The U.S. National Institutes of Health/ National Institute on Aging (NIH/NIA) has an Interventions Testing Program (ITP):
“NIA's ITP is a multi-institutional study investigating treatments with the potential to extend lifespan and delay disease and dysfunction in mice. Such treatments include: Pharmaceuticals, Nutraceuticals, Foods, Diets, Dietary supplements, Plant extracts, Hormones, Peptides, Amino acids, Chelators, Redox agents, Other agents or mixtures of agents.”
NIH accepts proposals suggesting specific agents for testing: “Individuals who wish to suggest ("sponsor") an intervention are asked to provide a rationale as to why they believe the intervention will delay aging or reduce the risk of late-life disease. The rationale may include previous experimental data on mice, cells, people, or other animals that are relevant to the proposal.”
The agents are redundantly tested in three independent laboratories: “The experiments are conducted in three research laboratories: one at the Jackson Laboratories [Bar Harbor Maine], one at the University of Michigan, and one at the University of Texas Health Sciences Center at San Antonio.”
Although they carefully avoid using that term, NIH/NIA is obviously conducting a search for mammal anti-aging agents and protocols. This signals increasing acceptance of the idea that aging, per se, is a treatable condition and that major symptoms of aging have a treatable common cause as predicted by programmed aging theories.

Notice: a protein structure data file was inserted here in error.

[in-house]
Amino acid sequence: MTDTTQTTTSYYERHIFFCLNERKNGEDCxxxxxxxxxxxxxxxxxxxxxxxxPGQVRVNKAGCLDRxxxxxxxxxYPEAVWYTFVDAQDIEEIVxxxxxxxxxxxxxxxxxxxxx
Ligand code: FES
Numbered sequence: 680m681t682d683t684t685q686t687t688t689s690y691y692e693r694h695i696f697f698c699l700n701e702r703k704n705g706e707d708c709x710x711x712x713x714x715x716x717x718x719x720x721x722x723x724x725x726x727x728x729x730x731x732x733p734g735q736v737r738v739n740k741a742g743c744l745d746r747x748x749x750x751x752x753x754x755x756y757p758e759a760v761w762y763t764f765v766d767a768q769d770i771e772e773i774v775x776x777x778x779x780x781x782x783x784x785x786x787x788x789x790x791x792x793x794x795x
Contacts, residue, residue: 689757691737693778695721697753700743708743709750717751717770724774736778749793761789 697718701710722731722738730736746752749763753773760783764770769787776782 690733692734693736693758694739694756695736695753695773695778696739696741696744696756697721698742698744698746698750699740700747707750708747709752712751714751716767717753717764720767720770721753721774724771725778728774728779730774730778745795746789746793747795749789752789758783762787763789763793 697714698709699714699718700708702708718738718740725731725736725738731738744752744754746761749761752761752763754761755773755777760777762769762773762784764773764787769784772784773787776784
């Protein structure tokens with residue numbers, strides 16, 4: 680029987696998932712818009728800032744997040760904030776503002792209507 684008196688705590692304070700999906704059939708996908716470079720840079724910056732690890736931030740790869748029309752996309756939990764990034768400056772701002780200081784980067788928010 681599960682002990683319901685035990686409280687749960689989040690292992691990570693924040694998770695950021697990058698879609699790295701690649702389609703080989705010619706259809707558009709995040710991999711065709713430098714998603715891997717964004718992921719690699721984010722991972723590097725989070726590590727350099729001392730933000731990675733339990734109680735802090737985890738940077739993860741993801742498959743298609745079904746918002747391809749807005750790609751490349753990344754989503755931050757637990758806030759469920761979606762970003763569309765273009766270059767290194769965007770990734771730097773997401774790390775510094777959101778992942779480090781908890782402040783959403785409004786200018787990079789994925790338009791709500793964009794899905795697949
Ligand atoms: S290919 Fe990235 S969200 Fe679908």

There are some significant limitations:
- NIH/NIA can currently only accept four or five new agents per year.
- The study protocol is designed to provide an 80 percent chance of detecting a 10 percent increase in longevity.
- Only orally administered agents are considered. Many programmed aging proponents think that blood agents such as hormones or other blood factors are important in providing signaling needed by a programmed aging mechanism. Many or most of these agents would need to be administered by injection into the blood stream or possibly by injection into a body cavity or lavage.
- Testing an agent at multiple doses is resource-equivalent to testing multiple agents at a single dose. Picking the wrong dose risks getting a false negative result.
NIH/NIA Interventions Testing Program
Published Results of the ITP
Here is an early result report:
“Here we report that rapamycin, an inhibitor of the mTOR pathway, extends median and maximal lifespan of both male and female mice when fed beginning at 600 days of age. On the basis of age at 90% mortality, rapamycin led to an increase of 14% for females and 9% for males. The effect was seen at three independent test sites in genetically heterogeneous mice, chosen to avoid genotype-specific effects on disease susceptibility.” 
 Harrison D, et al. Rapamycin fed late in life extends lifespan in genetically heterogeneous mice. Nature 460, 392-395 (16 July 2009) doi:10.1038/nature08221 Received 9 April 2009
Lifespan (90 percent mortality) of the control male/female UM HET-3 mice is 1094/1159 days. Median lifespan increases of as much as m/f 23/26 percent have been seen. Miller RA et al. Aging Cell (2014) 13, pp468–477
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